Two Deaths in Vietnam

by | Mar 23, 2011 | Poetry | 0 comments

Silent ships nod their sleeping bows as gentle harbor
swells rock their hulls in syncopated rhythm. A short
time ago the hot afternoon sun dipped below the
horizon leaving huge silhouettes of war riding the
blackening, blue waters as twilight slipped into
darkness. Night came, and with it the anticipated eerie
shadows exchanging friendly, innocent objects with an
enemies’ targeting eyes.

Black shadows, exaggerated in one’s mind by a
frightened imagination, lurked everywhere on a pitch-
black background of instant death. Nervous sentries
popped illuminating flares, creating the illusion of daylight
in the darkness for short intervals of time. The flares,
swaying beneath miniature parachutes, in themselves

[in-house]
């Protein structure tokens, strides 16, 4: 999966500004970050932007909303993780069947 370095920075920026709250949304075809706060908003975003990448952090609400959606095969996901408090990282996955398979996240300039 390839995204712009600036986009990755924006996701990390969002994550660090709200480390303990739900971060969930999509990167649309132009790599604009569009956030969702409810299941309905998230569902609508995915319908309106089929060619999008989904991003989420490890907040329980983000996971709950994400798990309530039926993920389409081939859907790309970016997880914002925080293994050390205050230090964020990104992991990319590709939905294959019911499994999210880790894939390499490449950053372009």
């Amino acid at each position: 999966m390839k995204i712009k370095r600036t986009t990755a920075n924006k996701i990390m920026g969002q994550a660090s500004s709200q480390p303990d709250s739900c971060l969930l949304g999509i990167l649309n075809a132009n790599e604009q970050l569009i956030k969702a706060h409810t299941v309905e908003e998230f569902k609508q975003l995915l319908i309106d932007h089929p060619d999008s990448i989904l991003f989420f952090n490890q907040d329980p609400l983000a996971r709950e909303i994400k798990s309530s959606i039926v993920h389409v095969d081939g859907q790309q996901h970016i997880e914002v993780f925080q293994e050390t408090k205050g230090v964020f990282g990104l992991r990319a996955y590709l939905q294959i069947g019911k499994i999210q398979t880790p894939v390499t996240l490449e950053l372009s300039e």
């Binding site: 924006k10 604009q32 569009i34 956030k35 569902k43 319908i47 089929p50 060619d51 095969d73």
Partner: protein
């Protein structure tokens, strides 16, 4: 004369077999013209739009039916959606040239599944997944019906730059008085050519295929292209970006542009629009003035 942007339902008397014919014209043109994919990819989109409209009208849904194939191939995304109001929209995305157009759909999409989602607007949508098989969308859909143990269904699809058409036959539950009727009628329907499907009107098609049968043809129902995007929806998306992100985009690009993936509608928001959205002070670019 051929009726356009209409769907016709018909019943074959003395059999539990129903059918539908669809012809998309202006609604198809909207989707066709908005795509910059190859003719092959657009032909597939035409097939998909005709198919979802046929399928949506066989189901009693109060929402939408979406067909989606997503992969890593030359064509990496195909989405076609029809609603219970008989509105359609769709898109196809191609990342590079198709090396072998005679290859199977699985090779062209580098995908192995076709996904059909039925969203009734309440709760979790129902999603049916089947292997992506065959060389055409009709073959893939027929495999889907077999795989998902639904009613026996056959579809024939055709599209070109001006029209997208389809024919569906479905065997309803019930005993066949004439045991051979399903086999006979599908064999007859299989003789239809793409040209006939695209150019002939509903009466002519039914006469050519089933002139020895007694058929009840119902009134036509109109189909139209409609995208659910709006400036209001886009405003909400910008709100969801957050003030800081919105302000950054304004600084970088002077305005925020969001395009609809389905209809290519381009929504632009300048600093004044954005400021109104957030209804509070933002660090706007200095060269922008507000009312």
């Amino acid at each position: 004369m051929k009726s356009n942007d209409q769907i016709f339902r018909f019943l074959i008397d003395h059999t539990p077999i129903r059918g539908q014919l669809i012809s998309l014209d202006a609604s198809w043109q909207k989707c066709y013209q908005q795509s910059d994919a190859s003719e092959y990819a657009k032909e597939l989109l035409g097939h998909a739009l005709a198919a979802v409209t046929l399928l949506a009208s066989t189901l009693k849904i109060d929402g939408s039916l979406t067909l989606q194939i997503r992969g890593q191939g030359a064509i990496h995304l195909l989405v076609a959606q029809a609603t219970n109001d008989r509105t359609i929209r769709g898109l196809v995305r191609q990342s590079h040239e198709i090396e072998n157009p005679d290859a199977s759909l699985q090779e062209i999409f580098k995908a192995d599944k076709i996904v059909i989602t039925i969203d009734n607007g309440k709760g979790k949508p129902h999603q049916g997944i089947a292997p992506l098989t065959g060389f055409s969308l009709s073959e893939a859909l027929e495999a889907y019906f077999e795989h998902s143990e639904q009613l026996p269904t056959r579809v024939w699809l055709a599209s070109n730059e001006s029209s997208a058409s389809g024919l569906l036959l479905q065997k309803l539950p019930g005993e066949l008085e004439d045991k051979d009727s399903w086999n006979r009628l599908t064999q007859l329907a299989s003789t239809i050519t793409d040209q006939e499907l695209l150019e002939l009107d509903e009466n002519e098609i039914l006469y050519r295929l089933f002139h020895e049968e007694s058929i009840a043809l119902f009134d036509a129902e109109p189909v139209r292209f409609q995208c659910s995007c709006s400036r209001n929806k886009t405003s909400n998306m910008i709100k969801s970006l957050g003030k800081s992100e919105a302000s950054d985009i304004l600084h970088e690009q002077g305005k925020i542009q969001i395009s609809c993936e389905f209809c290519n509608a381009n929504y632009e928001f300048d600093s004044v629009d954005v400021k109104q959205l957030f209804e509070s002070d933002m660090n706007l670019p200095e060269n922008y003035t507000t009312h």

caused more dancing shadows. As the ever nervous
eyes of the sentries strained to see who, or what, was “out
there” that had caused the flares to be fired, a light came on
in no-man’s land.

The order was given, “Put it out.” A rifle cracked … the
light went out. Daylight, hours away, would tell the
tainted, unseen story of a young father who, while
retrieving his tools, was never to go home to sleep with
his family again. His life ended. Someone’s son lay face
down in the cold, blood-soaked mud he worked
yesterday as a garden for his family’s table. I thank God
the sentry was not me, for he sleeps tonight, and has
slept ever since pulling the trigger, with the
knowledge he took a life. He sleeps every night with the
knowledge … he … took an innocent life.


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